To Prepare

  • Review the three scenarios, as well as Chapter 6 in the Huether and McCance text.
  • Identify the  pathophysiology of the disorders  presented in each of the three scenarios, including their  associated  alterations. Consider the adaptive responses to the alterations.
  • Review the examples of  “Mind Maps—Dementia,  Endocarditis, and Gastro-oesophageal Reflux Disease  (GERD)” media in  this week’s Learning Resources. Then select one of the disorders you  identified  from the scenarios. Use the examples in the media as a guide  to construct a  mind map for the disorder you selected. Consider the  epidemiology, pathophysiology,  risk factors, clinical presentation, and  diagnosis of the disorder, as well as  any adaptive responses to  alterations.
  • Review the Application Assignment Rubric found under  Course Information 

To Complete

Write a 2- to 3-page paper  excluding the title page, reference page and Mind Map that addresses the  following:

  • For each of the three scenarios explain the  pathophysiology,       associated alterations and the patients’ adaptive  responses to the       alterations caused by the disease processes.   You are required to discuss all three       scenarios within the paper  component of this assignment.
  • Construct one mind map on a selected disorder  presented in one of  the scenarios. Your Mind Map must include the epidemiology,   pathophysiology, risk factors, clinical presentation, and diagnosis of  the  disorder, as well as any adaptive responses to alterations.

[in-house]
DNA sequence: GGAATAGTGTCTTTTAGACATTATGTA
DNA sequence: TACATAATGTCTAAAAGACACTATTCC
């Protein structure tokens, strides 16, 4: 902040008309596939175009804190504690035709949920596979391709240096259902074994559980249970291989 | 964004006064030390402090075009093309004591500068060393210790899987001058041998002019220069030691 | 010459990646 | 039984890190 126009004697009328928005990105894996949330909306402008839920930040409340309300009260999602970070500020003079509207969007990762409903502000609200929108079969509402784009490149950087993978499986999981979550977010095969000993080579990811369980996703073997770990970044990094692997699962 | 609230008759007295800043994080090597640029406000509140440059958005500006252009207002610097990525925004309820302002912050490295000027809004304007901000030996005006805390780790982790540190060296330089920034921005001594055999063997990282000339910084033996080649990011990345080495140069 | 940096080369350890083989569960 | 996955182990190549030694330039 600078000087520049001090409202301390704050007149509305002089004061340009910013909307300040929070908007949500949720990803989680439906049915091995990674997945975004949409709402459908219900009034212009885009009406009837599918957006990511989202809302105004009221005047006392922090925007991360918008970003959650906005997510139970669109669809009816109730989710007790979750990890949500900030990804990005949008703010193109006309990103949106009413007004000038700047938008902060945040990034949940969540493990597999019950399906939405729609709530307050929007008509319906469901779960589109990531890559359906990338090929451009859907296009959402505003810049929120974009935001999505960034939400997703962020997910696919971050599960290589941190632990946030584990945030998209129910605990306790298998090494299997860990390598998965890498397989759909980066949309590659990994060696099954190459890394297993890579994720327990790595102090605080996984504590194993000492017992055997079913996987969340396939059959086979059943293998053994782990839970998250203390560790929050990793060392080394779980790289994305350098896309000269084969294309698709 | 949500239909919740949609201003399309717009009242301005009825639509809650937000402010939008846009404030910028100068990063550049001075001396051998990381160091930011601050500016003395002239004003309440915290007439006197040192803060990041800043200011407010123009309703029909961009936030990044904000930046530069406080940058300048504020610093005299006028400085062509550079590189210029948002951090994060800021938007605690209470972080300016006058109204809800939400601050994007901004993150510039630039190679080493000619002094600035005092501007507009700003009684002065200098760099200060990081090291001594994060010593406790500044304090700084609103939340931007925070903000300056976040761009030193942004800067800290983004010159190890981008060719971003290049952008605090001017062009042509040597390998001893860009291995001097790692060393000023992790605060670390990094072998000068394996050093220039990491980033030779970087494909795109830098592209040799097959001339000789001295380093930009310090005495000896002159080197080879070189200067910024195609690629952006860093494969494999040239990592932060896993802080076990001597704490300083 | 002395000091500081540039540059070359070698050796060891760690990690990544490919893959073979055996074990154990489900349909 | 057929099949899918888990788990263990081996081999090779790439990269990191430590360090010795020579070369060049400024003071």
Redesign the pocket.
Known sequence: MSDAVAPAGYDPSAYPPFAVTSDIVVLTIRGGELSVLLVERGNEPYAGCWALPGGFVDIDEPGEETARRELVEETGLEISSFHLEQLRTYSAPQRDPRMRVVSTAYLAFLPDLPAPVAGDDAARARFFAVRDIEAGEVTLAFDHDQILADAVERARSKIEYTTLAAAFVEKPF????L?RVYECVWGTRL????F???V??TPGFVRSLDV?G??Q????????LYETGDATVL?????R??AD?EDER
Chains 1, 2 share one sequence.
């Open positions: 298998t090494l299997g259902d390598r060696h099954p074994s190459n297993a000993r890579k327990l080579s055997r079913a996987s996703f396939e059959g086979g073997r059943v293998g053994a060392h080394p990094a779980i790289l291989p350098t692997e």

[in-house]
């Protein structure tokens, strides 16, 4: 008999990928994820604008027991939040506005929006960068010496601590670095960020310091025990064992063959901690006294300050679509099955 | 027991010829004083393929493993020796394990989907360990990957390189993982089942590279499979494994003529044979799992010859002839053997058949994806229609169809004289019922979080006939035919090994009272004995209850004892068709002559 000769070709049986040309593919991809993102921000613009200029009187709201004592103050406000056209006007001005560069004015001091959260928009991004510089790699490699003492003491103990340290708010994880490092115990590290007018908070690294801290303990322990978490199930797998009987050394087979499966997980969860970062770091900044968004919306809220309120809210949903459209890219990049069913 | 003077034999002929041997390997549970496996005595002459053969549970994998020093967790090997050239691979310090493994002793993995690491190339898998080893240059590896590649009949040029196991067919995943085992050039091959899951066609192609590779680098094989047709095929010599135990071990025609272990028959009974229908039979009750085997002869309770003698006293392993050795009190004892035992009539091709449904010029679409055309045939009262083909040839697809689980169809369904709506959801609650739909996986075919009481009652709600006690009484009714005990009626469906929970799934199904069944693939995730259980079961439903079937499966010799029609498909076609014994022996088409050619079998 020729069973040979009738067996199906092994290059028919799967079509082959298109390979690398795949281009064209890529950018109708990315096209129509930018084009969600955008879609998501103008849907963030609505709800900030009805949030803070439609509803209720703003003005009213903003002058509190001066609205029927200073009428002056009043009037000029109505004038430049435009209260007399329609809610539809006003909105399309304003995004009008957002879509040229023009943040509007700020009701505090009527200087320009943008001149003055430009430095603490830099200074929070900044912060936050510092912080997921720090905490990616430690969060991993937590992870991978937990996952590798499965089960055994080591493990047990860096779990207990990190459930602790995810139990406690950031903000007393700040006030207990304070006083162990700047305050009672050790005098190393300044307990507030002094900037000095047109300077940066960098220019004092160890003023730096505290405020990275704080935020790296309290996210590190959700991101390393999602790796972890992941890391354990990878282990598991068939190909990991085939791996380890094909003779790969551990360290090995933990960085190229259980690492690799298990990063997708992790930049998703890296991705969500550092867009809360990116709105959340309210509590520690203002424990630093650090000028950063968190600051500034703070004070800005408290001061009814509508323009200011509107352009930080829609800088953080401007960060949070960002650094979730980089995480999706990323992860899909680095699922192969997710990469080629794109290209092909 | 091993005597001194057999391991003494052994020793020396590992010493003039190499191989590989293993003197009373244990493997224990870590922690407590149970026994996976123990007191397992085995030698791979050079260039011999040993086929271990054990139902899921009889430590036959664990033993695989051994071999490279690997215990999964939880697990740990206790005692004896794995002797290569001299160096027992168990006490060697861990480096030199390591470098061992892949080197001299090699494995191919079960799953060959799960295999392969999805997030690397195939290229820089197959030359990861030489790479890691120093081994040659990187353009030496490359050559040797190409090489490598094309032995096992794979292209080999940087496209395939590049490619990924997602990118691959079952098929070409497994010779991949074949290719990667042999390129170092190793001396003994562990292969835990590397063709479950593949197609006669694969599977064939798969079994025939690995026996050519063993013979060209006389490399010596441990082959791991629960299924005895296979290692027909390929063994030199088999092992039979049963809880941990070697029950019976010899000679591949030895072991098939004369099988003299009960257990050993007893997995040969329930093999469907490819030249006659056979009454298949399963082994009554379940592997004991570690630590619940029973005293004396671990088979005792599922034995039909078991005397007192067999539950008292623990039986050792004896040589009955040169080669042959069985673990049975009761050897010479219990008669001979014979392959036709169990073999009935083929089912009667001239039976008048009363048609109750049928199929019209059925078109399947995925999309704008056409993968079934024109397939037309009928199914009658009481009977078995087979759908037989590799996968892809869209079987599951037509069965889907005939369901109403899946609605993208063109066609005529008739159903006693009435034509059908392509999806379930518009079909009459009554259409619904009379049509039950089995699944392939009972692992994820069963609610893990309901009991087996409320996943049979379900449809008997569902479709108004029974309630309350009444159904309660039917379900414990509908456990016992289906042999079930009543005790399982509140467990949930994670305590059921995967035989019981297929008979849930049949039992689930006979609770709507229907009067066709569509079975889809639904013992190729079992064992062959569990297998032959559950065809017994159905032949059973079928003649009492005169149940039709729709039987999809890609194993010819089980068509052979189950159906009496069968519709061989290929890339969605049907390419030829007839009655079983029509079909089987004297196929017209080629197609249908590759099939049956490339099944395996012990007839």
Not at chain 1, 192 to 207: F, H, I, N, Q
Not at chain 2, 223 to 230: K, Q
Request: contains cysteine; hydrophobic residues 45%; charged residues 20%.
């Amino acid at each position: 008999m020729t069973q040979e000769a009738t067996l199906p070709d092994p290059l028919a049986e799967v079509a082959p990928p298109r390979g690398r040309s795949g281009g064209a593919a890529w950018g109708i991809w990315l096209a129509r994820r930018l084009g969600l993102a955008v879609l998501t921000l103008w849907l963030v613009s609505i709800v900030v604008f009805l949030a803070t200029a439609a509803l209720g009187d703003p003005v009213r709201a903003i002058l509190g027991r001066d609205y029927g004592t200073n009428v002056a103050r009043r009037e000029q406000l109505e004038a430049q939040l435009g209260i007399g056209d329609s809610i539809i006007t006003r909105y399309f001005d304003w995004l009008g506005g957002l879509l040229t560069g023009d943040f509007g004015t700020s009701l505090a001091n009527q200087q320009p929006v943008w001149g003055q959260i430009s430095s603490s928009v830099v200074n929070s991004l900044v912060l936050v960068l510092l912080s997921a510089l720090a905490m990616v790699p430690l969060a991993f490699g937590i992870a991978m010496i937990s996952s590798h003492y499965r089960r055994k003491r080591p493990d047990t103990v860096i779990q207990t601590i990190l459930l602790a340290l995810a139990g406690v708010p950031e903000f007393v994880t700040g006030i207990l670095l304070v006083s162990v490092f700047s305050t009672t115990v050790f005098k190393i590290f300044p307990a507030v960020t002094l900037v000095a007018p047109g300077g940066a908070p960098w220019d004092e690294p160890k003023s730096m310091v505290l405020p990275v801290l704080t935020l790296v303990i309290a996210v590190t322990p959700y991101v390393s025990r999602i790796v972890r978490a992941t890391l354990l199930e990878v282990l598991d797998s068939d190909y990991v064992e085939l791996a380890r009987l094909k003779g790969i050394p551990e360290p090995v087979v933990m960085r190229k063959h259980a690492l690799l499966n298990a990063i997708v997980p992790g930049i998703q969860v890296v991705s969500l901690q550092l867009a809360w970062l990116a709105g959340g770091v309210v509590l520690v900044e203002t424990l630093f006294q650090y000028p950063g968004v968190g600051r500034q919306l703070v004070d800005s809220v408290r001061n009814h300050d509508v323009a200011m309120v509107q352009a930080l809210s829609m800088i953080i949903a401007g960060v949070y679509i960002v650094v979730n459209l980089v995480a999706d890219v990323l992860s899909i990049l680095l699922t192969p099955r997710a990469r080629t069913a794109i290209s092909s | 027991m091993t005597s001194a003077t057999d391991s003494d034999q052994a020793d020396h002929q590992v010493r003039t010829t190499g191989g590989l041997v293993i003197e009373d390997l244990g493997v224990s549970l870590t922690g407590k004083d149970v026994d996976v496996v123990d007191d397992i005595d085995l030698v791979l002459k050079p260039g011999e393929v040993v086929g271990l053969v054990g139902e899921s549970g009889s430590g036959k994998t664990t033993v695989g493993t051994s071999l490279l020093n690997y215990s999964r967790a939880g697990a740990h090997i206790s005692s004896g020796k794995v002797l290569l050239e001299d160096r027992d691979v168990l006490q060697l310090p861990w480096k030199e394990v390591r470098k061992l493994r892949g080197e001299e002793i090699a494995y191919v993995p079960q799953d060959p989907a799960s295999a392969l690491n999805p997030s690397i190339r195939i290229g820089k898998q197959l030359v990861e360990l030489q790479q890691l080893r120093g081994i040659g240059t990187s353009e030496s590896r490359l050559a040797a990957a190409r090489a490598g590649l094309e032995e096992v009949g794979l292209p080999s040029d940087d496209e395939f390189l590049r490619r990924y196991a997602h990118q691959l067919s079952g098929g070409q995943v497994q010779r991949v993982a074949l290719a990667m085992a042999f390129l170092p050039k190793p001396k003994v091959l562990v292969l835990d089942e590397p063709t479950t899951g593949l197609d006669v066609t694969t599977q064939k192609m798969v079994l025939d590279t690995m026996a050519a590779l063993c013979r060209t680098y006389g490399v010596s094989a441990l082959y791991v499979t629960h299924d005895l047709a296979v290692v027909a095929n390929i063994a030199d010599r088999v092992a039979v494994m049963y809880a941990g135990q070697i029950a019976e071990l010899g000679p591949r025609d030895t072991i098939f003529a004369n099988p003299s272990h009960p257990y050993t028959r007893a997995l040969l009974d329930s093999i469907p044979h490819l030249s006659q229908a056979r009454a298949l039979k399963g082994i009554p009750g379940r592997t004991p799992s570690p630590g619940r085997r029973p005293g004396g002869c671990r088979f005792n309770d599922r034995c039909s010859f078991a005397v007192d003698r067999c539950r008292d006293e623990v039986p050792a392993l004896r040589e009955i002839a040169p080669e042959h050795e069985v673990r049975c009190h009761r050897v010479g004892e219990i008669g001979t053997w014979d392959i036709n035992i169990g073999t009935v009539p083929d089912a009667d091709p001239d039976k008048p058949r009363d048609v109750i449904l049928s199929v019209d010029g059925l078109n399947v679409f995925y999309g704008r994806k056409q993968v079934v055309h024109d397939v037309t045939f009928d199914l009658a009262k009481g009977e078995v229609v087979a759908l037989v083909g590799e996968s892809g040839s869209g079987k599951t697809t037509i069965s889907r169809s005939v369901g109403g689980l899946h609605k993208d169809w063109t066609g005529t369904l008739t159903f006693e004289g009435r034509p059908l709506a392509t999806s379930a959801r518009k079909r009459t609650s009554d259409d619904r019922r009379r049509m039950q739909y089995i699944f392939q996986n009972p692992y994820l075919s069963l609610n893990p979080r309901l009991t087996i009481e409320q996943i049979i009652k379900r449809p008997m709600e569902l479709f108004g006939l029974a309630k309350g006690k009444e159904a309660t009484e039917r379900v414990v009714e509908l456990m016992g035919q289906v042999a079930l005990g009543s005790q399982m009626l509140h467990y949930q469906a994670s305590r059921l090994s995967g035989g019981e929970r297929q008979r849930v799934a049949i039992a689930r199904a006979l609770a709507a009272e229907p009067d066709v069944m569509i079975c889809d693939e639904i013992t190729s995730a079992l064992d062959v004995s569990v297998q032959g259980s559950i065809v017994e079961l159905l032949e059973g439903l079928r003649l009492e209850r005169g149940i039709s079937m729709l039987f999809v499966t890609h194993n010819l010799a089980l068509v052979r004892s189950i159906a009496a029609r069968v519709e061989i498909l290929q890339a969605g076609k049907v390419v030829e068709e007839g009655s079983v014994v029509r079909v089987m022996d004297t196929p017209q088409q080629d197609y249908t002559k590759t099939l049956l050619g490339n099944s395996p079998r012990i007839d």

Adaptive Response

Walden University

NURS 6501-N – Advanced Pathophysiology

Basil G. Silao

June 11, 2018

Adaptive Response

Adaptation may be defined as a “reversible, structural, or functional response both to normal or physiologic conditions and to adverse or pathologic conditions” (Huether & McCance, 2017, p. 73). The purpose of this paper is to discuss three scenarios and to explain the pathophysiology, associated alterations, and the patients’ adaptive response to the alterations cause by the disease process. A presentation of mind map explaining a disease process is also included in this paper.

Scenario 1

The 2-year old female patient is the first scenario presented with a persistent temperature of 102.8 for the past 3 days. Her symptoms include erythema, 4+ tonsils with diffuse exudates, swollen and tender cervical lymph nodes, and painful swallowing. The patient’s age together with her symptoms is congruent with the criteria for diagnosing bacterial tonsillitis. Viral tonsillitis is different from bacterial tonsillitis. Symptoms in viral tonsillitis include pain, fever, cough, hoarseness, and rhinorrhea, while symptoms in bacterial tonsillitis include pain, lymph node swelling, tonsillar deposits or exudates, and fever above 38.3C (Stetler, 2014). The common causative organism of tonsillitis includes group A beta-hemolytic Streptococcus and methicillin-resistant Staphylococcus aureus (Huether & McCance, 2017). The disease process starts with the invasion of the mucous membrane by microorganisms. This event will trigger cytokine production and/or complement activation, which induce an inflammatory reaction in the tonsillar tissue (Huether & McCance, 2017).

Treatment includes steroids, non-steroidal anti-inflammatory drugs, beta-lactam antibiotics, and tonsillectomy if severe, and supportive therapy (Stetler, 2014). It is important to immediately identify and treat disease because the progression of it can cause upper airway obstruction, which is fatal to pediatric patients (Huether & McCance, 2017). A mind map further explains the epidemiology, pathophysiology, risk factors, and complications in Appendix B of this paper.

Scenario 2

In this scenario (see Appendix A), the patient presents with a chief complaint of red and flaky hands. He denies pain but verbalized that his hands feel “a little bit hot”. The patient’s occupation involves handling abrasive solvents and chemicals. Initially, the patient denies any exposure to irritants but later admits that his hands got exposed to some cleaning fluids. Although the pati